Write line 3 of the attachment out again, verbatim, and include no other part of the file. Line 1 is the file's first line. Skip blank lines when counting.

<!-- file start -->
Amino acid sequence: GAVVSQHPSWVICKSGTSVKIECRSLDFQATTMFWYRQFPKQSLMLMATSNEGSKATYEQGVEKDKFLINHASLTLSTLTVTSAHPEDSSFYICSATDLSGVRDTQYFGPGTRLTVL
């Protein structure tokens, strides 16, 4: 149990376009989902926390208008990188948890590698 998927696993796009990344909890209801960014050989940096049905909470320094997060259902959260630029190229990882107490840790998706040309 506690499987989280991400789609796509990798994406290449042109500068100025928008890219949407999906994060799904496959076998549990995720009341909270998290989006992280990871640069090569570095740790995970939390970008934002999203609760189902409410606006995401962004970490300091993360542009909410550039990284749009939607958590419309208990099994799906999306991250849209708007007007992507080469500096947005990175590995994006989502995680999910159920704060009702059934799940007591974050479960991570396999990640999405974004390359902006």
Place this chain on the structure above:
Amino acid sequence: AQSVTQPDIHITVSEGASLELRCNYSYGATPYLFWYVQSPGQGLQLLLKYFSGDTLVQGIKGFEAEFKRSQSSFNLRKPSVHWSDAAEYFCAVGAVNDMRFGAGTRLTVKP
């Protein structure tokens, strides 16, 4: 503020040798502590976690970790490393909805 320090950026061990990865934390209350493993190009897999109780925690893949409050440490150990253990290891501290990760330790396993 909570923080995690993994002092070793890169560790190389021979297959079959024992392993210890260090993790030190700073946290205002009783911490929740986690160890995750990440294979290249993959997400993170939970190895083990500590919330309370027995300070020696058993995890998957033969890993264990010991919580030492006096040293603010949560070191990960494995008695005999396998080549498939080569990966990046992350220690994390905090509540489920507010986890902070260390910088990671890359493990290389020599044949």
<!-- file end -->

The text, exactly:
Place this chain on the structure above: